Finale of Devastation
Finale of Devastation

Finale of Devastation
– War of the Spark

Date Reviewed: 
December 11, 2019

Constructed: 4.00
Casual: 4.75
Limited: 4.00
Multiplayer: 4.33
Commander [EDH]: 4.63

Ratings are based on a 1 to 5 scale. 1 is bad. 3 is average. 5 is great.

Reviews Below: 

David's Avatar

I’ve rarely seen a spell that does as much as Finale of Devastation can. If it were only a Green Sun’s Zenith variant, it would probably have seen play, but it also gets things back from the graveyard, which is a little unusual for green and allows it to be considered for an entirely different angle of deck. And it almost feels wrong to refer to its twelve-mana version as an Overrun variant, because a ten-point Overrun variant is almost unheard of. Searching for the right creature at the same time can easily result in enough damage to remove an entire Commander table at once.

According to Gatherer, there are only five Magic cards with the word “finale” in their name, five of which are in War of the Spark and named after the hours in Amonkhet’s destruction. I’m a little surprised we didn’t get some more linked to Rakdos’ circus theme, but that may be coming.

Constructed: 4/5
Casual: 5/5
Limited: 4/5
Multiplayer: 4/5
EDH/Commander: 4/5

 James H. 


Trying to end the game with an absolute unit? Seems okay.

Finale of Devastation is part of the five-card Finale cycle from War of the Spark, and this one is one that’s drawn the most notice, thanks to it being in a color easily able to get to the upper bound and its general utility outside of that. The worst-case scenario is a more-expensive Green Sun’s Zenith, a card strong enough to be banned in Modern. Unlike that card, though, Finale of Devastation can fetch any creature, and it can fetch from library or graveyard! This makes for a surprisingly flexible tutoring effect, as while you need to put mana into it, an unconditional tutor that can also flex as a revival effect is very good.

The other effect is an attempt to end the game on the spot. Especially when paired with something like Craterhoof Behemoth! Setting X equal to 10 or more will also give all of your creatures haste and +X/+X, which is a way to make sure you smash your opponents really hard in a single swing. A tutor effect that ends the game is definitely worthy of its steep mana cost, and while 12 mana is a lot to ask for, 12 mana that ends the game is a fair price to pay.

That second mode is more likely to only matter in more casual tables, but never underestimate the ability to break a board stall with a well-timed carnivore. Even if you never get to 12 mana with Finale of Devastation, though, it’s a strong revival and tutor spell in one, and that’s why it deserved mention here.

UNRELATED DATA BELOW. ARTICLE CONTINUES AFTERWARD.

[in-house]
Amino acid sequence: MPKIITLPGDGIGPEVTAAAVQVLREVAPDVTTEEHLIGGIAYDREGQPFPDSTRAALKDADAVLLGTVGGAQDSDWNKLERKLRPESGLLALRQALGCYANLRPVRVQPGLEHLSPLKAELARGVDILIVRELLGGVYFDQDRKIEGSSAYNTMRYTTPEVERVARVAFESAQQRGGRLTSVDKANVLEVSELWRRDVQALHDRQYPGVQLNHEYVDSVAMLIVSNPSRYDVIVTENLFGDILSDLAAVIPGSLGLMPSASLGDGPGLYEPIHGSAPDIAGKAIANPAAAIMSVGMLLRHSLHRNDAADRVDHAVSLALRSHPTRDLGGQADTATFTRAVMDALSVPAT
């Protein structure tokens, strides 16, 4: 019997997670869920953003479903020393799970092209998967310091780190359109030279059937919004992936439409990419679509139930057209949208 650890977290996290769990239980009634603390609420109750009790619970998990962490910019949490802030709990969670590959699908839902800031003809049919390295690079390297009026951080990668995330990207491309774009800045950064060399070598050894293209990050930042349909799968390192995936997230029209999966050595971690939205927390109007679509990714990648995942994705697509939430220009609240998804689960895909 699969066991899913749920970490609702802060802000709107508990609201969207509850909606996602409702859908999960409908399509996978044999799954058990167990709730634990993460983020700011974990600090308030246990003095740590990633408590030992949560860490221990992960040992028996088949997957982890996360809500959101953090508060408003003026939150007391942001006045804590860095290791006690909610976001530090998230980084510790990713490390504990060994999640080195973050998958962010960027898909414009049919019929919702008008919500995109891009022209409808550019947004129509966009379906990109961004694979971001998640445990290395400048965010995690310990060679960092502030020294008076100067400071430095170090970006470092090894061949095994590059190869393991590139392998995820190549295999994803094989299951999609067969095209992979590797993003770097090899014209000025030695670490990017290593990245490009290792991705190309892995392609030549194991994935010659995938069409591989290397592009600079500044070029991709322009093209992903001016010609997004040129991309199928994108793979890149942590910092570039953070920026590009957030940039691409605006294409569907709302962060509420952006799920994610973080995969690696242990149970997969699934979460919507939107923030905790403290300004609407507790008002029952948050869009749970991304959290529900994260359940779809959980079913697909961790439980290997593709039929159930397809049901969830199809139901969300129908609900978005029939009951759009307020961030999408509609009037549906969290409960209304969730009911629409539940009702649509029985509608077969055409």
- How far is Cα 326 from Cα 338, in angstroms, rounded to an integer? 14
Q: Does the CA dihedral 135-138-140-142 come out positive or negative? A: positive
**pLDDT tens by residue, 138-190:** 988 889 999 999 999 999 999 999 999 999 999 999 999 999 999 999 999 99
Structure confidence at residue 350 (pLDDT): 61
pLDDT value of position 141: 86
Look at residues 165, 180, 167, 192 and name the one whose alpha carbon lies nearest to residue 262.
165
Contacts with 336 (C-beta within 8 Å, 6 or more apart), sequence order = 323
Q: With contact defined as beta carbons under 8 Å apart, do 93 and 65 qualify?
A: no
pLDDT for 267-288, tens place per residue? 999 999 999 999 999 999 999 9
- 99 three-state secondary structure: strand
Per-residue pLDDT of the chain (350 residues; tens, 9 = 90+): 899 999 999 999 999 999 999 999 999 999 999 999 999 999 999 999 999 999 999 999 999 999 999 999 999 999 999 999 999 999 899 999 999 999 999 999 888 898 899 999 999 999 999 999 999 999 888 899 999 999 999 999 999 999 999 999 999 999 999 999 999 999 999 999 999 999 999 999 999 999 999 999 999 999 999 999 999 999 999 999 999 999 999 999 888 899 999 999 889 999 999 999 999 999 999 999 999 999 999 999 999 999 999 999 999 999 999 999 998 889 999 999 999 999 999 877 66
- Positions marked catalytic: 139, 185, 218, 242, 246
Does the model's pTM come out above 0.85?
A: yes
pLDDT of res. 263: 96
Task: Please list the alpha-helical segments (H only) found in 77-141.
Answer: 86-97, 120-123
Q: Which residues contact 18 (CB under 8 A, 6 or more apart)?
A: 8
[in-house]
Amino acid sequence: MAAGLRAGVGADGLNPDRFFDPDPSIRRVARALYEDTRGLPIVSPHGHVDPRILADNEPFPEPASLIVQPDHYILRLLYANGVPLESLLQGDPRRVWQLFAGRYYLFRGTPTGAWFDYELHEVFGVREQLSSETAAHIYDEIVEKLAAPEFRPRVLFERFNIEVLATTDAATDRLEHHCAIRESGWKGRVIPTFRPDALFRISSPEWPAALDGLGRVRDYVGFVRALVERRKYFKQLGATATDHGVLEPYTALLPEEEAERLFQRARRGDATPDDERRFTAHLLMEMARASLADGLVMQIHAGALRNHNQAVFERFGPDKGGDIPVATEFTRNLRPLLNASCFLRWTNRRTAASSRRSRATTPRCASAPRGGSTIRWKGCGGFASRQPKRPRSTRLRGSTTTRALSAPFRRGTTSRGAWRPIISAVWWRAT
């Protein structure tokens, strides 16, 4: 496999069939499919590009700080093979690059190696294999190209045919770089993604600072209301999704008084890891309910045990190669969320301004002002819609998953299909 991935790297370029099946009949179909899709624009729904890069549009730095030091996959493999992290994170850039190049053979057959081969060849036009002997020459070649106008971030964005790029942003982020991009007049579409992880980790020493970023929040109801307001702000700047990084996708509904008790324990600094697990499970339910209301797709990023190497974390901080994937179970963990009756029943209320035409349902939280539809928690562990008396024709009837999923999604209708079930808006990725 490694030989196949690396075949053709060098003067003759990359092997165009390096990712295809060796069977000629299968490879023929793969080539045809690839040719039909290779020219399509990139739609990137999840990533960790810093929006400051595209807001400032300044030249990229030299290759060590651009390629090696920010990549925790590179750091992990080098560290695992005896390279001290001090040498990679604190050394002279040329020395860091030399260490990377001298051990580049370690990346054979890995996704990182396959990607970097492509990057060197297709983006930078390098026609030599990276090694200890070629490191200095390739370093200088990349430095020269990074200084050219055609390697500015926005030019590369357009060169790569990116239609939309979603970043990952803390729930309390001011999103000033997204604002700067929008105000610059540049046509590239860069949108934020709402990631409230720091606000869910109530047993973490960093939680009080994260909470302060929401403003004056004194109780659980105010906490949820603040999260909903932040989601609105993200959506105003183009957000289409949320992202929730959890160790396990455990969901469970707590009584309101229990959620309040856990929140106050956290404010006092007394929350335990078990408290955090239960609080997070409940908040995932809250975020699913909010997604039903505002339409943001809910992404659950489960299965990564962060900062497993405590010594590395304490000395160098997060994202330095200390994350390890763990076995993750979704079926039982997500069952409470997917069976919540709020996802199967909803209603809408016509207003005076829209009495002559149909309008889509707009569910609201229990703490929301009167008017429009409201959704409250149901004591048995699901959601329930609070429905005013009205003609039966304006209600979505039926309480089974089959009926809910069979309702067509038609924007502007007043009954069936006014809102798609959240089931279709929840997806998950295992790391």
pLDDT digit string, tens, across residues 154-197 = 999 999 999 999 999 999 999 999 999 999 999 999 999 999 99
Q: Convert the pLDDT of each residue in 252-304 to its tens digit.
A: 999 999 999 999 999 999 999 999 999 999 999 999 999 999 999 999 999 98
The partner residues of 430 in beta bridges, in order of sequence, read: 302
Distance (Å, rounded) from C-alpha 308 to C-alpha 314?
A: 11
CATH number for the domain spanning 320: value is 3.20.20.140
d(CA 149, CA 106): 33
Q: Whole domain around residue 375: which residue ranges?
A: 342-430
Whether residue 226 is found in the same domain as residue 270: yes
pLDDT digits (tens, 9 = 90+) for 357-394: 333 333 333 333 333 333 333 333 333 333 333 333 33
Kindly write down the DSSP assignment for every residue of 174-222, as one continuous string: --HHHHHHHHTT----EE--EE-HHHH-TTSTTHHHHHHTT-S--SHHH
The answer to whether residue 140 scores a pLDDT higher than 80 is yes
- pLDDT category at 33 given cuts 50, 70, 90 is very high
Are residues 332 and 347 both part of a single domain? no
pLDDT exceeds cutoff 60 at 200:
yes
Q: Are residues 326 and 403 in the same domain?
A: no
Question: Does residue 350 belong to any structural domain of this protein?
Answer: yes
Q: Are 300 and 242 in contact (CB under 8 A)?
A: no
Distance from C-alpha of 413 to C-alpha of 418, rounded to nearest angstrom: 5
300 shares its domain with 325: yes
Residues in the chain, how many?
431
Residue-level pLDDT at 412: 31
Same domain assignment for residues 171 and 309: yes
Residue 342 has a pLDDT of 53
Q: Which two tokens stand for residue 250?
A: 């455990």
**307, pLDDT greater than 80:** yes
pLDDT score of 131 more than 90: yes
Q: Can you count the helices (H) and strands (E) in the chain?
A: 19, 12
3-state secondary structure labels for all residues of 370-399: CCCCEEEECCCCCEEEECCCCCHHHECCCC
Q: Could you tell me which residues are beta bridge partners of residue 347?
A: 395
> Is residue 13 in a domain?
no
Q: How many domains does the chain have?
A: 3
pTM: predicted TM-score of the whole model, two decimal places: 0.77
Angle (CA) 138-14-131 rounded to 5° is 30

Constructed: 4
Casual: 4.5
Limited: 4
Multiplayer: 4
Commander: 4.75


Hey Everyone and welcome back to Pojo’s Card of the Day. We’re reviewing cards that haven’t really stuck out in Standard this week.

Today we’re taking a gander at Finale of Devastation. This has been compared to Tooth and Nail, Channel, and Green Sun’s Zenith. But in all actuality it’s pretty much of a mix of these cards combined, and with a Craterhoof Behemoth Overrun Ability kind of just mixed in.

It’s not going to do much in Standard where Ramp has been pretty neutered but where it will shine is in places like Casual Multiplayer and Commander formats where the ramp is for days. Being able to drop your fattest threat, pump it to as high as you can, and pump the team with it is a phenomenal addition to the Green decks in those formats.

In Pioneer, Legacy, and Modern it’s not too astounding where there are much more efficient answers, Elves for example can do their amazing trick of snagging a Craterhoof for 4 mana using a Natural Order instead. 

This card has been doing really well in Cube though where you can ramp up and bring out stuff like Terastodon and Craterhoof or all sorts of crazy wonky stuff!

Constructed 1/5 – It’s not too strong here and there’s much better options in the older formats.

Multiplayer 5/5 – The game has to end sometime and this is Green’s ticket to win it!

Commander 5/5 – Same as Commander where it can get to the end zone with a bit of politics on an uncontested board

Cube 3/5 – Great for the Mono-Green Ramp deck, but isn’t going to do it elsewhere.

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